|On 24 September 1912 a group of nurses met in a flat in Stensberggaten in Kristiania. Their intention was to found Norsk Sykepleierskeforbund, the Norwegian Nurses Organisation.
The statutory general meeting was held the very next evening in one of the city’s hotels. Bergljot Larsson, a nurse from Ulleval Hospital, was elected president of the organisation. Not everyone was acceptable as a member. The Organisation’s statutes required a certain level of nursing skills. Members had to have thorough training or broad experience. As its emblem, it chose a sun breaking through cloud. This said a great deal about its professional ideals: a nurse should provide care and relief when things looked bad. The ethical values of the nurses were important to the founders.
Between the wars, the Norwegian Nurses Organisation (NNO) worked hard to promote nurses as a uniform professional group. It was very much a question of gathering together the best nurses. The Organisation drew a line between nurses with training and those without. In this way it also acquired power. It had the right to define who belonged to the professional community and who could be excluded. Nurses emerged from the inter-war period as a clearly defined professional group.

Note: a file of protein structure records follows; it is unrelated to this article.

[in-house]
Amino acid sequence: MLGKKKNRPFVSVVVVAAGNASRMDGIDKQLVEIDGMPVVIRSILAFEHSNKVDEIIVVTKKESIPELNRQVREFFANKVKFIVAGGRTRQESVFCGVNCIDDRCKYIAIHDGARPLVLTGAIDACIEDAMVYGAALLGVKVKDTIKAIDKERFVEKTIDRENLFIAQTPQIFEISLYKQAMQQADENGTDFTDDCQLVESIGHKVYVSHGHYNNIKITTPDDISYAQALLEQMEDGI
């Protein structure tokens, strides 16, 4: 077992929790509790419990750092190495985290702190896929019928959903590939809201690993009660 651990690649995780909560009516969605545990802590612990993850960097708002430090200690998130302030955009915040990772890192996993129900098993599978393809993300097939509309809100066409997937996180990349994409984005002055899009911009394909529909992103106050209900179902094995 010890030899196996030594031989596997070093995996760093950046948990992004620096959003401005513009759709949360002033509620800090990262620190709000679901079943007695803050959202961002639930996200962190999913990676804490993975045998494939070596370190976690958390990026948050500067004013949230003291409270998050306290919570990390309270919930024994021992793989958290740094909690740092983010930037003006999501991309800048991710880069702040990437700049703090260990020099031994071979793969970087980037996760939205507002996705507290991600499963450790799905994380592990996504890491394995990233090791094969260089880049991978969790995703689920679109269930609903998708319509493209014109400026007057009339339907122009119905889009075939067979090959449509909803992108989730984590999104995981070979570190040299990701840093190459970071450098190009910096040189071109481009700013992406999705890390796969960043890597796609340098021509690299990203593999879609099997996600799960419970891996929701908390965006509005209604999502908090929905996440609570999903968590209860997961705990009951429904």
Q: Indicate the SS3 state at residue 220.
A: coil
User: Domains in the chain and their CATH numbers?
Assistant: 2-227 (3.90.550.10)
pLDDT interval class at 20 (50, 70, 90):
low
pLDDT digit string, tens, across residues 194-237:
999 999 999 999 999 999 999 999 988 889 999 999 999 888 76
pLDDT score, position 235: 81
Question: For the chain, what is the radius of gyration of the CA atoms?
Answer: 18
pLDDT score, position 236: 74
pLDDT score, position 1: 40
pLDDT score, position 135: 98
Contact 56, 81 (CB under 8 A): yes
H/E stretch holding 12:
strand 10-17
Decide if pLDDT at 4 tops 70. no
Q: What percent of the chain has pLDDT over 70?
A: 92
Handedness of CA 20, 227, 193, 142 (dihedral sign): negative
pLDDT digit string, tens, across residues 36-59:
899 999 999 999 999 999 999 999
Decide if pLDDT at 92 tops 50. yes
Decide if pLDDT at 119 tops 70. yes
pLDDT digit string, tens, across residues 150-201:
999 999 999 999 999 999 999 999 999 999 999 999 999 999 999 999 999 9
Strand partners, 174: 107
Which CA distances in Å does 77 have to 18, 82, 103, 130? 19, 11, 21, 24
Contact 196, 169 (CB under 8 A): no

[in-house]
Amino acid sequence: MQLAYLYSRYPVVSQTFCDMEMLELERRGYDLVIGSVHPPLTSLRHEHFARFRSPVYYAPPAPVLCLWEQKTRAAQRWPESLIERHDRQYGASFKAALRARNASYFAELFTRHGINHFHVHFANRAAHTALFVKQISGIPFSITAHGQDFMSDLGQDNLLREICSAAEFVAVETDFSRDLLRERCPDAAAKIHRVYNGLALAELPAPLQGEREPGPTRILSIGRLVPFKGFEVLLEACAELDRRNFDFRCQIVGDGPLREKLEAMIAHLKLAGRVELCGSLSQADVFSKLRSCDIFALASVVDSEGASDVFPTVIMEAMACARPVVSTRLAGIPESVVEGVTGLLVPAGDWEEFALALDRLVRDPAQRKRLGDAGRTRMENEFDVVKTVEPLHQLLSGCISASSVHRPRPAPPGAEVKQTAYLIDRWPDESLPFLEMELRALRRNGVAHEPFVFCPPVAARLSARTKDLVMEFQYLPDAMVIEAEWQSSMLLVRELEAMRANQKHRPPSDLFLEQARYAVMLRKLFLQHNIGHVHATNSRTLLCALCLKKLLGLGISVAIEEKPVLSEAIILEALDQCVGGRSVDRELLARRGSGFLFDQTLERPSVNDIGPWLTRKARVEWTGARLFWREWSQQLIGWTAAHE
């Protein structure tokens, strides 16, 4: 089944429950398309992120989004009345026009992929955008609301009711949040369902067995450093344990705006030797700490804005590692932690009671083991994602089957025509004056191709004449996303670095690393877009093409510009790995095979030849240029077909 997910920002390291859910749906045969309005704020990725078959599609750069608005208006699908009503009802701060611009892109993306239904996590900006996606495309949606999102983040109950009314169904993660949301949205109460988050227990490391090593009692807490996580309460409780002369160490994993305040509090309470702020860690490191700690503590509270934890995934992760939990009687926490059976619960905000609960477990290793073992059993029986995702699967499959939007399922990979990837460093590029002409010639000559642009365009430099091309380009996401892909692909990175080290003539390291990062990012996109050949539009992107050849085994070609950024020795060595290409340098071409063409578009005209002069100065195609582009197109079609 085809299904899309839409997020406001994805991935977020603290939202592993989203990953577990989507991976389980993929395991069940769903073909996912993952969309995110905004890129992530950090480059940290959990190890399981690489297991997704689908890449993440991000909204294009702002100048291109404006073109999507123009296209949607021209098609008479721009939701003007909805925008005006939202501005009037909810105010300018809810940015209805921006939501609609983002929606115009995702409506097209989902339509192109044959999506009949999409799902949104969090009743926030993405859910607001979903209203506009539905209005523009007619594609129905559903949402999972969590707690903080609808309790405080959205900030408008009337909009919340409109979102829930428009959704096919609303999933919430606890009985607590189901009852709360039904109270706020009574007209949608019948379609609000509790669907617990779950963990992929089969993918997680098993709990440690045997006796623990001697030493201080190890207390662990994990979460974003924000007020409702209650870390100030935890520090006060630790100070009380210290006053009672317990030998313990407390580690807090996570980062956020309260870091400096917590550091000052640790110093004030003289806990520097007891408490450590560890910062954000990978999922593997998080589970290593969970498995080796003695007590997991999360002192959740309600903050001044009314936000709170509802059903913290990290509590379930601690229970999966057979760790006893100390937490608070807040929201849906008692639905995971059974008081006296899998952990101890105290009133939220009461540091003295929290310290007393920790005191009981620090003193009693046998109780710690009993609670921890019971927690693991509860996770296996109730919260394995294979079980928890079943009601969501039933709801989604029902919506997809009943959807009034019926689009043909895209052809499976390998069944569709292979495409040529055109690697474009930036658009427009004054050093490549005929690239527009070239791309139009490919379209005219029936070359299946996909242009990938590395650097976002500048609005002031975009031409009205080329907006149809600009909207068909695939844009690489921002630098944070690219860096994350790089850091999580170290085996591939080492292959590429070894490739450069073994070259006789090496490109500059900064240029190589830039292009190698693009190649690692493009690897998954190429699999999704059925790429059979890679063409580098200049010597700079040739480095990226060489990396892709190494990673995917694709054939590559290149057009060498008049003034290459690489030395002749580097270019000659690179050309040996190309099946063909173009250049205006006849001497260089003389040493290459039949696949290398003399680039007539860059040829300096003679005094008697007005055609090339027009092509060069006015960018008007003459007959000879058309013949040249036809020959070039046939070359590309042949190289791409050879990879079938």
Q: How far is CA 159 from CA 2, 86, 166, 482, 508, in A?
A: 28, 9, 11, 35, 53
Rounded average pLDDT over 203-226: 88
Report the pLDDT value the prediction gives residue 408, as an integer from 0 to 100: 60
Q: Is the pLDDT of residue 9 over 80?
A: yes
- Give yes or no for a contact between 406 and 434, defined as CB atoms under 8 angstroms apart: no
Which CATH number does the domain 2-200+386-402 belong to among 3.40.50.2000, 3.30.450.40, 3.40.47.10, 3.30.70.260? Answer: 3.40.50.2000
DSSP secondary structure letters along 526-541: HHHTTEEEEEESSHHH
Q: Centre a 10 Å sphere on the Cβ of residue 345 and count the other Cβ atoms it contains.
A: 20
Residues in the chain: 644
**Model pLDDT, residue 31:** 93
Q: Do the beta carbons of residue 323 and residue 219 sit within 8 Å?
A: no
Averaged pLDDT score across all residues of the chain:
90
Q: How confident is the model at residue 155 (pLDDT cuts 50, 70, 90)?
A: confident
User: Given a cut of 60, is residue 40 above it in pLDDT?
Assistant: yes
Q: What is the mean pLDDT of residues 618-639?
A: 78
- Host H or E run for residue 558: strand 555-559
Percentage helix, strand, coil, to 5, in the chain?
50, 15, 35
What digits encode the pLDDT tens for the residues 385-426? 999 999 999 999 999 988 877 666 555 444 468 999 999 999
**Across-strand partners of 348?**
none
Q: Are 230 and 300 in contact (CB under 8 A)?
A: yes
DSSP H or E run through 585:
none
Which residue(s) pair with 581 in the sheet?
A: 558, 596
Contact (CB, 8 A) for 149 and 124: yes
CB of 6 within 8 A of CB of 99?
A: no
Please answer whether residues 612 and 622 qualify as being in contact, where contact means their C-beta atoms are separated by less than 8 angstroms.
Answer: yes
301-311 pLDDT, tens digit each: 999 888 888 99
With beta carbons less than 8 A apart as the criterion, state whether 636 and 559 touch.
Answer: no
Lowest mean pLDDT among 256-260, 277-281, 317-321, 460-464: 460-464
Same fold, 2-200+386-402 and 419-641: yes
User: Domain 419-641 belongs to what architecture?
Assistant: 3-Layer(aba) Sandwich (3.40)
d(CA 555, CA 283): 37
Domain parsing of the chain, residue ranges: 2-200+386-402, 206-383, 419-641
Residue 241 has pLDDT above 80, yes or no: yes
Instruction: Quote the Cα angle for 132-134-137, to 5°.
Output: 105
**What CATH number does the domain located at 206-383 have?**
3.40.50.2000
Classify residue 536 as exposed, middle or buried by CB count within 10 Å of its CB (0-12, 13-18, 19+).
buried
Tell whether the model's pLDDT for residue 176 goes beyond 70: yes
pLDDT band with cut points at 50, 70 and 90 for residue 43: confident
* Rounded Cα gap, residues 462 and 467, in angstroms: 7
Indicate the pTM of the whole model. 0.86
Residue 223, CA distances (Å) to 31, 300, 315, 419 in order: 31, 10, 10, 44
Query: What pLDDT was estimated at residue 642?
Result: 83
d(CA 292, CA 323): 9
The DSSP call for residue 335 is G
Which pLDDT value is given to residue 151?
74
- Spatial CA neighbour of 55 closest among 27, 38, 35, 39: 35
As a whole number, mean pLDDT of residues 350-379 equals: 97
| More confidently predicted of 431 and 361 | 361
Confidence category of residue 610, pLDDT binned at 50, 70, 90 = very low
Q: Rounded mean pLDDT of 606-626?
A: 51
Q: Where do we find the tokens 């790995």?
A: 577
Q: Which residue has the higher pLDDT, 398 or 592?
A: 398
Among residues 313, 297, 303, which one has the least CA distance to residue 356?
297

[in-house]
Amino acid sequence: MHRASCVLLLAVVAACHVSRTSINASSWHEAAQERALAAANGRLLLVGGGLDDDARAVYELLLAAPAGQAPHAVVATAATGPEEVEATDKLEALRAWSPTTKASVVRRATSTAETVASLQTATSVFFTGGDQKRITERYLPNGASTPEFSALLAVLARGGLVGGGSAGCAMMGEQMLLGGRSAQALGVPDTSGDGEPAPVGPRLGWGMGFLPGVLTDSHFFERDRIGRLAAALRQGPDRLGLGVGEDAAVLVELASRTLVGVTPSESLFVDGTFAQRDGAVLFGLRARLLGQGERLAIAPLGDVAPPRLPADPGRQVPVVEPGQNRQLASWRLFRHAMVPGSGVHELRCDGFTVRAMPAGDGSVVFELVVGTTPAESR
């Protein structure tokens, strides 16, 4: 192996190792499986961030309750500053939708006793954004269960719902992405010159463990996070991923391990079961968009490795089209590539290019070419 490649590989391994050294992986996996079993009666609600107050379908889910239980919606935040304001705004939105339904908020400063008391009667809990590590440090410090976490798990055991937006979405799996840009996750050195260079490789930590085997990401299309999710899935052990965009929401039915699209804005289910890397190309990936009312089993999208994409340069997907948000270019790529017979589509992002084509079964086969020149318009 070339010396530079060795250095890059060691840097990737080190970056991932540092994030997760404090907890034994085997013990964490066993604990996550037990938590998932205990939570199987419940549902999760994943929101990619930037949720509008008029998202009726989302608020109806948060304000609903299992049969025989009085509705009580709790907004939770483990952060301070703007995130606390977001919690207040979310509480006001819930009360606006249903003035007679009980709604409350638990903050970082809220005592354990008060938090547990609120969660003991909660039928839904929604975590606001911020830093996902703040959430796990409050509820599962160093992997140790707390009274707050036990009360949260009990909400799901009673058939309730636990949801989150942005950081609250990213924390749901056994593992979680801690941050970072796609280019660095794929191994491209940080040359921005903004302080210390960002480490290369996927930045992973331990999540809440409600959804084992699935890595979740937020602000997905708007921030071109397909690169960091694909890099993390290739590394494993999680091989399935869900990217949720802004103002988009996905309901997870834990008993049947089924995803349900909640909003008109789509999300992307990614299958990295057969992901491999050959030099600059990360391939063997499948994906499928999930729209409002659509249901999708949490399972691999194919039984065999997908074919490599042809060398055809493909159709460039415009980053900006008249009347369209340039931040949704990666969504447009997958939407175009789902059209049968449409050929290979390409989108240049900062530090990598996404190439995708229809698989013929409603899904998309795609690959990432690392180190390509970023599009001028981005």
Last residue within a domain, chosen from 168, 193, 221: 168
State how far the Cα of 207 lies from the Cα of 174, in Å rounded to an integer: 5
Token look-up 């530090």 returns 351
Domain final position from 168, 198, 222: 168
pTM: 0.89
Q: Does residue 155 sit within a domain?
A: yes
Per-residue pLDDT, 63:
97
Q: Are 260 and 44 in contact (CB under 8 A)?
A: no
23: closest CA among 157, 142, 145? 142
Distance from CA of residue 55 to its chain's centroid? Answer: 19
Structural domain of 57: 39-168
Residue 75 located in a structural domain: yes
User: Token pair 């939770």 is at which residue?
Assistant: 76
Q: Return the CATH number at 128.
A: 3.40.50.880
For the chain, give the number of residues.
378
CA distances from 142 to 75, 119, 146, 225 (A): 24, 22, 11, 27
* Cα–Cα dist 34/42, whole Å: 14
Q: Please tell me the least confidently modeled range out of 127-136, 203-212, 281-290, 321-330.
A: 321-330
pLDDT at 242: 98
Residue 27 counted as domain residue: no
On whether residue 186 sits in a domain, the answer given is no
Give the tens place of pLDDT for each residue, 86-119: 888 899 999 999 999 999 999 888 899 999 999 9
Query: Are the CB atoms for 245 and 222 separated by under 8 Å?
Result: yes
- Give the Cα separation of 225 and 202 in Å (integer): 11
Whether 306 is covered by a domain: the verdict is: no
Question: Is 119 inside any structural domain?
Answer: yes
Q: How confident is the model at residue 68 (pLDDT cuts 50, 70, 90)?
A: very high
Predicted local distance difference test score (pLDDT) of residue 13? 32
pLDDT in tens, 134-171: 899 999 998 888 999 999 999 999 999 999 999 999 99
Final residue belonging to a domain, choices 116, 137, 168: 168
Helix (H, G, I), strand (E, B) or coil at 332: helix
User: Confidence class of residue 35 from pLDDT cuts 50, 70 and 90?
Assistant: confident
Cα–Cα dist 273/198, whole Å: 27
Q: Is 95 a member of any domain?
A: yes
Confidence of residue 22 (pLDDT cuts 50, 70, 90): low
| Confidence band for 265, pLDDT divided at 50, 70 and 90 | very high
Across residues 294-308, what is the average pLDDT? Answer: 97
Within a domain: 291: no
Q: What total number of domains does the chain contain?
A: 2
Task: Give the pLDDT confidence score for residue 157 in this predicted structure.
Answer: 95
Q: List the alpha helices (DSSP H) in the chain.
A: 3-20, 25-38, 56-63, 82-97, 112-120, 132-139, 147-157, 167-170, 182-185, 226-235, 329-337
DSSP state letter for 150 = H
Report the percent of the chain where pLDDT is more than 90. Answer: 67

After the war the Storting passed a law giving its official seal of approval to the certification of nurses. In 1949, the NNO changed its name to the gender-neutral Norsk Sykepleierforbund. As time passed,
the Organisation also took on the tasks of a trade union in its ordinary sense. The system of elected officers was developed in order to promote the members’ professional development and pay and
working conditions. In 1972, the nurses surprised the whole country by striking for the first time for higher pay. They showed then that there was a limit to their patience, even if they were responsible
for life and death. They simply demanded the right to be employees on a par with other groups in society. This strike was in many ways a showdown with the vocational ideology.
Since the 1970s, the authorities have taken extensive measures to strengthen health care in Norway. This has led to a steep increase in the number of nurses. NNO currently has 96,000 members and is a member of Unio (the Confederation of Unions for Professionals, Norway).